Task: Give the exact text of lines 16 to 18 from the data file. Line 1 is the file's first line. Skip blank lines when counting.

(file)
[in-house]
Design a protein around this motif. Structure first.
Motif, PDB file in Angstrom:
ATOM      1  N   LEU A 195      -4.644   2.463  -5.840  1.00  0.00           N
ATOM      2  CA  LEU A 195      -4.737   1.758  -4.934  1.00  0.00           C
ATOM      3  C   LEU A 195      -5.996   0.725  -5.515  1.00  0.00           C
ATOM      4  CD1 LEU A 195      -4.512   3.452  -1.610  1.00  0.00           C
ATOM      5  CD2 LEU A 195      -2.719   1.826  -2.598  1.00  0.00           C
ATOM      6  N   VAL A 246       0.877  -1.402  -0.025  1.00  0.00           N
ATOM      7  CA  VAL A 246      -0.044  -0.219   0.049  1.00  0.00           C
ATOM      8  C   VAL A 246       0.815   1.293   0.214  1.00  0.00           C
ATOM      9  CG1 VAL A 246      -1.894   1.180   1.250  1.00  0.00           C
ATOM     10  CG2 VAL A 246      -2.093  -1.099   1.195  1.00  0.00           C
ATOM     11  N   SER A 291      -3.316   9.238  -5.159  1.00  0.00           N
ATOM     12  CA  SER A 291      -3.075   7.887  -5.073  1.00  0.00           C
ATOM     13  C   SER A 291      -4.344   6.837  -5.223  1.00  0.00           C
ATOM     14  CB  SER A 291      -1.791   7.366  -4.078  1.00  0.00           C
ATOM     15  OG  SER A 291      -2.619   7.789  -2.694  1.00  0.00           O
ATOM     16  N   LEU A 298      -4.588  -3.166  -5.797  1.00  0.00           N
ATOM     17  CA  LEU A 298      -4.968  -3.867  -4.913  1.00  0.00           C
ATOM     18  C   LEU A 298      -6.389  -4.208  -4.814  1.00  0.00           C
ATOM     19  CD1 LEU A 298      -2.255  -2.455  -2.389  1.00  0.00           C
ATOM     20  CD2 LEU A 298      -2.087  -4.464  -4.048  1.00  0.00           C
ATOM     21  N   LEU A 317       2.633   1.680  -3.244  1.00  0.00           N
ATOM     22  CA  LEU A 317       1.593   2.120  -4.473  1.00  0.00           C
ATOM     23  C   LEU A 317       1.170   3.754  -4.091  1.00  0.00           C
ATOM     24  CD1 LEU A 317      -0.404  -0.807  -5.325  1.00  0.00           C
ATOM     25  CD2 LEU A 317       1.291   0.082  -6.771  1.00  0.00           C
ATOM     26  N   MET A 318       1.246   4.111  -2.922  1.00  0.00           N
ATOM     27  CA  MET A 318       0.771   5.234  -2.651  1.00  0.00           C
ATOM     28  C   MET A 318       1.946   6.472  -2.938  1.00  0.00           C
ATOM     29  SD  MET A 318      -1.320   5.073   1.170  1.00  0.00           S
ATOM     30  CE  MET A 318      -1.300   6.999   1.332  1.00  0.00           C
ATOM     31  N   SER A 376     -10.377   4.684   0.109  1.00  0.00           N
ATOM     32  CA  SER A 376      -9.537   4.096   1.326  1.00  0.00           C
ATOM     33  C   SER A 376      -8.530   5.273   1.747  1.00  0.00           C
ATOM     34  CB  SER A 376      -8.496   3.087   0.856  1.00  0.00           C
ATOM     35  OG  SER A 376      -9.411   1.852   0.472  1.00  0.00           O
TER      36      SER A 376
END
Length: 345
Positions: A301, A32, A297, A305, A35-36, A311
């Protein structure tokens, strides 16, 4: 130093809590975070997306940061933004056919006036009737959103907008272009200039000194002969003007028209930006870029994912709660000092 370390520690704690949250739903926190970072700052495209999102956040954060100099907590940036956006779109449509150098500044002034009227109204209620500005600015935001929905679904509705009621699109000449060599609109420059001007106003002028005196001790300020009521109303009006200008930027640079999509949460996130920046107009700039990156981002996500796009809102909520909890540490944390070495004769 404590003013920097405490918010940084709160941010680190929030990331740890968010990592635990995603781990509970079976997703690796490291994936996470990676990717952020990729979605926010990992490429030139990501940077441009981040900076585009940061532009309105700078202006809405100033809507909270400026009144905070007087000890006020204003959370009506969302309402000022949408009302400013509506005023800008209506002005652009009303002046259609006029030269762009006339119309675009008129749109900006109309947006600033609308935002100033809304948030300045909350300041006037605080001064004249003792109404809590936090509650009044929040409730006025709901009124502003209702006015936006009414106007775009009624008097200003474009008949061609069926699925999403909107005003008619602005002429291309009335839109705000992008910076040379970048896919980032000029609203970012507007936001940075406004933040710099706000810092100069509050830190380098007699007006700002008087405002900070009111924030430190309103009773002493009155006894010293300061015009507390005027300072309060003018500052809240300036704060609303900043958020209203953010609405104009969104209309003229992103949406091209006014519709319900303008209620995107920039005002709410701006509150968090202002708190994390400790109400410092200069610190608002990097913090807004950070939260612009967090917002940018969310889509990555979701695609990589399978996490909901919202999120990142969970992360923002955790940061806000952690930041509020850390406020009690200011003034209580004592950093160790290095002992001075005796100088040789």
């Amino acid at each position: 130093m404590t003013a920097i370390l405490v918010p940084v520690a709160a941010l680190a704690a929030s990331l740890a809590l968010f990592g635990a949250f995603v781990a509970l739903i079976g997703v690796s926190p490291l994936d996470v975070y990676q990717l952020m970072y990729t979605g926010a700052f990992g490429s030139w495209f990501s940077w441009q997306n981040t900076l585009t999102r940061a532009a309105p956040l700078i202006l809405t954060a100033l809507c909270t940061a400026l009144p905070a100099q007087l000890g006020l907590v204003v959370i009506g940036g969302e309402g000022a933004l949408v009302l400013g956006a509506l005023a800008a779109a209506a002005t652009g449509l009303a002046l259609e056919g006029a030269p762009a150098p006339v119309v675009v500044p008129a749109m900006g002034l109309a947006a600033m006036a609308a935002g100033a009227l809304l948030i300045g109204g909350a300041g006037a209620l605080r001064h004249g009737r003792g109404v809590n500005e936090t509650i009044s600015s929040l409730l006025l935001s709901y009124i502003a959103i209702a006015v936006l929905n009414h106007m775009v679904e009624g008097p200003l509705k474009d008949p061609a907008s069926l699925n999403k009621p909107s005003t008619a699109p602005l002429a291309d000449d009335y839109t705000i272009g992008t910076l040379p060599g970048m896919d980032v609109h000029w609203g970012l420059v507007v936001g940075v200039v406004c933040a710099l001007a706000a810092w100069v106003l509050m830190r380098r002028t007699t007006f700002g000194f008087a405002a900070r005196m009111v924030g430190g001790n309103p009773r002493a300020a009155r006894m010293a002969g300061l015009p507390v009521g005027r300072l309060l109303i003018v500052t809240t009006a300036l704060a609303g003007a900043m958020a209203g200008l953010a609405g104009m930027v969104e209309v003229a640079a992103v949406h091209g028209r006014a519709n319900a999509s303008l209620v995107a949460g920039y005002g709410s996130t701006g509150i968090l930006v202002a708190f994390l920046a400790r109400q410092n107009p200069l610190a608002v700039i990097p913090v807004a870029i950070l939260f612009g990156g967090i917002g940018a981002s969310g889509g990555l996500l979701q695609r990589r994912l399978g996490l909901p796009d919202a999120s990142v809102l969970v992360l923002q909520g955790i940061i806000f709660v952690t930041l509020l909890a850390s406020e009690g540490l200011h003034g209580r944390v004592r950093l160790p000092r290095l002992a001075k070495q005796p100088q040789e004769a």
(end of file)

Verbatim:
ATOM     13  C   SER A 291      -4.344   6.837  -5.223  1.00  0.00           C
ATOM     14  CB  SER A 291      -1.791   7.366  -4.078  1.00  0.00           C
ATOM     15  OG  SER A 291      -2.619   7.789  -2.694  1.00  0.00           O